Pentecost - the Arrival of the Spirit

The arrival of the Holy Spirit at Pentecost was a watershed moment in human history.

Pentecost - the Arrival of the Spirit

Pentecost is a Jewish holiday, sometimes called the Feast of Weeks, that occurs 50 days after the Sabbath following the Passover.  Interestingly, this places the holiday on a Sunday - an unusual day for the Jew of Old Testament times, but entirely appropriate to the importance placed on the first day of the week in the New Testament.  In the OT, this date would have been connected to the giving of the Law at Sinai and instructive comparisons and contrasts can be made in this regard.  The difference in the administrations of the law versus the Spirit is in fact the difference between Judaism and Christianity (for example, consider 2 Cor 3).  A simple, yet striking, example would be the contrast that is raised by the usage of the number 3000.  The incident with the golden calf at the giving of the law resulted in the death of 3000, while the preaching of Peter at the advent of the Spirit resulted in the saving of 3000.  The age of the Spirit was going to be characterized by life as opposed to death, by ability as opposed to inability, by grace as opposed to condemnation.

On this day then, the believers in Jerusalem were gathered together in obedience to the instruction of the risen Lord Jesus. Ten days earlier He had ascended to heaven, leaving them to wait for the promised baptism of the Holy Spirit (Acts 1.4).  The Holy Spirit’s descent was accompanied by obvious, physical signs.  The internal, spiritual action of indwelling these believers and incorporating them into the body of Christ (1 Cor 12.13) was accompanied by external manifestations.  There was the sound of a mighty wind, there were tongues of fire that were visibly seen to be resting on each of them and they were supernaturally enabled to speak in languages they had never learned.  The experience was undeniable and actual.  The believers knew it happened and beyond their own sensory responses to it, the people of Jerusalem noticed that they were changed as well (Acts 2).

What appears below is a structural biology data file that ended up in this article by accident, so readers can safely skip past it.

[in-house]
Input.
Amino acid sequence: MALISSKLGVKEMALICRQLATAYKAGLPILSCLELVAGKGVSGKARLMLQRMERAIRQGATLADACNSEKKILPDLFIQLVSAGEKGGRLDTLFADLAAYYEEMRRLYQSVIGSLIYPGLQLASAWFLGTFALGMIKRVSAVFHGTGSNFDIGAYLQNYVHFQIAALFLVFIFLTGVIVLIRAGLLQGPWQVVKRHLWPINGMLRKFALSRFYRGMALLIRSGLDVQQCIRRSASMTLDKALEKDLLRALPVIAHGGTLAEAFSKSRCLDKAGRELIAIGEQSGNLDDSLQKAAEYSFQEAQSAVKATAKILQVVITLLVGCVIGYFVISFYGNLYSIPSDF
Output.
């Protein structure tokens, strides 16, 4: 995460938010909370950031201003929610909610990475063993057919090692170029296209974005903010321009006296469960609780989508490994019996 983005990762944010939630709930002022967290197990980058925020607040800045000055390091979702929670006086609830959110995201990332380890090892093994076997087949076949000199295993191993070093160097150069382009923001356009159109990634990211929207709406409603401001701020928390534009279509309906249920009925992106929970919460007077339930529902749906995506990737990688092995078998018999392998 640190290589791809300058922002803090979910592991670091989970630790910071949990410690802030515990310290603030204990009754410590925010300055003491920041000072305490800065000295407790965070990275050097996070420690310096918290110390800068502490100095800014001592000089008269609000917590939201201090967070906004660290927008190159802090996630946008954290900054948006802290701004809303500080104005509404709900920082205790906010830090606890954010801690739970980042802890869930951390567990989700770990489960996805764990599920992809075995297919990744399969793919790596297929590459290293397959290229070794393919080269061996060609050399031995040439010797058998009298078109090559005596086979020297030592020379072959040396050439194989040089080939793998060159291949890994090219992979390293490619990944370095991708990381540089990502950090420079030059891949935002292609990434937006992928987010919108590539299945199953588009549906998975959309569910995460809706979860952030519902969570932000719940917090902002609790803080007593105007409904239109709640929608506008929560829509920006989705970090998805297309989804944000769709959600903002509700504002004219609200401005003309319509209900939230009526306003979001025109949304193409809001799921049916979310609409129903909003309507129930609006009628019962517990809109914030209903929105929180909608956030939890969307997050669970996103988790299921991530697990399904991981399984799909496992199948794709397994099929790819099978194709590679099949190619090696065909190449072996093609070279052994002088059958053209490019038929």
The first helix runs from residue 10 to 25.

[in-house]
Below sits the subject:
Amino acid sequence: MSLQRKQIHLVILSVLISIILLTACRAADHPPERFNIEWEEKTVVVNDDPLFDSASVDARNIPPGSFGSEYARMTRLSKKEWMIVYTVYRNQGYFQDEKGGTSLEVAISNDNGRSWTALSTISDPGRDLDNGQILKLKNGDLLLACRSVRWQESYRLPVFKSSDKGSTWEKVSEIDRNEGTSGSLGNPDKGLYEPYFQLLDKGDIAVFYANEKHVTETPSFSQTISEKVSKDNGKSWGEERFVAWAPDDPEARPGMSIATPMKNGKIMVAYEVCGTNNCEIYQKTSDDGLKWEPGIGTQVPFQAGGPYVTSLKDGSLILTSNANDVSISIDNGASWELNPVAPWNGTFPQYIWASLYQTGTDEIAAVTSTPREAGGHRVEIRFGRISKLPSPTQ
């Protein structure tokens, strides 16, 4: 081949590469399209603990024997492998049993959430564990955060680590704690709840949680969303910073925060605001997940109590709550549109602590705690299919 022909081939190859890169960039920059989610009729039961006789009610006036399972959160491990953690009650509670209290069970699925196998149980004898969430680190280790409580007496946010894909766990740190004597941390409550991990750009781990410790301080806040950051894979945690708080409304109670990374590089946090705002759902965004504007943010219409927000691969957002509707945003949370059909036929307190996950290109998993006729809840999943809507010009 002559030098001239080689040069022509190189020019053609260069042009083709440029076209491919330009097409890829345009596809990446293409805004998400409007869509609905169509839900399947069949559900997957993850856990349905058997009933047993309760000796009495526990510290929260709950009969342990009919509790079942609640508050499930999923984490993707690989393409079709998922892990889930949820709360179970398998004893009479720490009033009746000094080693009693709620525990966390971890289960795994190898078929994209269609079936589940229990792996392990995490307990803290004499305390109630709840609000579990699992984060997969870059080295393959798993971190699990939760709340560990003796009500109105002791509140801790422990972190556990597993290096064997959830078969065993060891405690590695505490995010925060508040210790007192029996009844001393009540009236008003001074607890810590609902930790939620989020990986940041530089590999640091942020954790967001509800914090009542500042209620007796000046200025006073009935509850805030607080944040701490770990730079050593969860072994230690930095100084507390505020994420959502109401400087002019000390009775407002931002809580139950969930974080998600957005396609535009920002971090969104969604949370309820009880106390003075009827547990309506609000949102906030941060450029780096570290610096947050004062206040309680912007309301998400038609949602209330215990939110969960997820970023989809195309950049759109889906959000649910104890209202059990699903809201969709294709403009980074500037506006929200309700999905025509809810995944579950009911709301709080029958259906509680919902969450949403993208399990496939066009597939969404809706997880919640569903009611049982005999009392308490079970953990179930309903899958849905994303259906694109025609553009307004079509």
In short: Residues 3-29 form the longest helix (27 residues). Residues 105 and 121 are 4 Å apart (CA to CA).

The book of the Acts chronicles how these early believers, initially led by Peter, preached the resurrection of Jesus empowered by the Holy Spirit.  Their ministry in the gospel was not only emboldened and marked by the Spirit’s power in its public declaration, but was also confirmed and approved by miraculous acts of the Holy Spirit (cf Heb 2.4).  The raising of the dead, the lame walking and sick being healed, among other miracles, served to connect the ministry of these new believers to that of Jesus of Nazareth.  In this way, the Spirit of God was confirming to the world the reality of the resurrection and ascension of Christ by demonstrating in his disciples the same power and authority that He had exhibited in his earthly ministry.  The death of Christ was not the end of the “Christian” enterprise, it was the catalyst, such that in Antioch a few years later, the believers came to be called Christians (Acts 11.26).  Surely, there is no greater testament to the Spirit of God’s activity than this - the transformation of unbelieving Jew and Gentile sinners into people who are recognized by unbelievers as like Christ!

The incorporation of believers from various histories, ethnicities and prejudice is a defining feature of the Spirit’s work as He opens the way for Paul and others to move out in the gospel to fulfill the commission of Christ.  Sinai’s Law of condemnation had doomed the people and alienated them from the surrounding nations, but now the Samaritan, Ethiopian, Italian and Jew (Acts 8-10) are all baptized in the same Spirit.  The middle wall of partition is removed (Eph 2) and all are one and equal in Christ.  Every believer since benefits in the same way from the Spirit’s activity in their lives.  Faith in Christ is answered with the Spirit’s indwelling personally and incorporation into the body of Christ.  We begin in the Spirit and it is only in and by the Spirit that we mature and develop in the things of God.  We are no longer externally constrained by words written on stony tablets but we are internally motivated to do good by the activity of the Spirit in our hearts.

How wonderful it is to have been graced in salvation with the Holy Spirit!  He is called the guarantee of our inheritance until we enter into possession of it (Eph 1.14).  While we await the completion of our salvation, we have a member of the Godhead within as our Helper (Jn 14-16) in the Christian life.  His arrival at Pentecost was the fulfilment of what the Lord Jesus described as the promise of the Father (Lk 24.49, Acts 1.4) and His arrival in each of our hearts is the exact gift (Acts 10.45) from the Father that each of us need to navigate this world on our way to glory.  His presence within us on the earth is the great restrainer of evil (2 Thess 2.6-7) in this world and His return to heaven with the church at the rapture will be one of the contributors to the unprecedented calamities that will mark the tribulation time period.  How uniquely blessed are believers of this age to have the Holy Spirit within!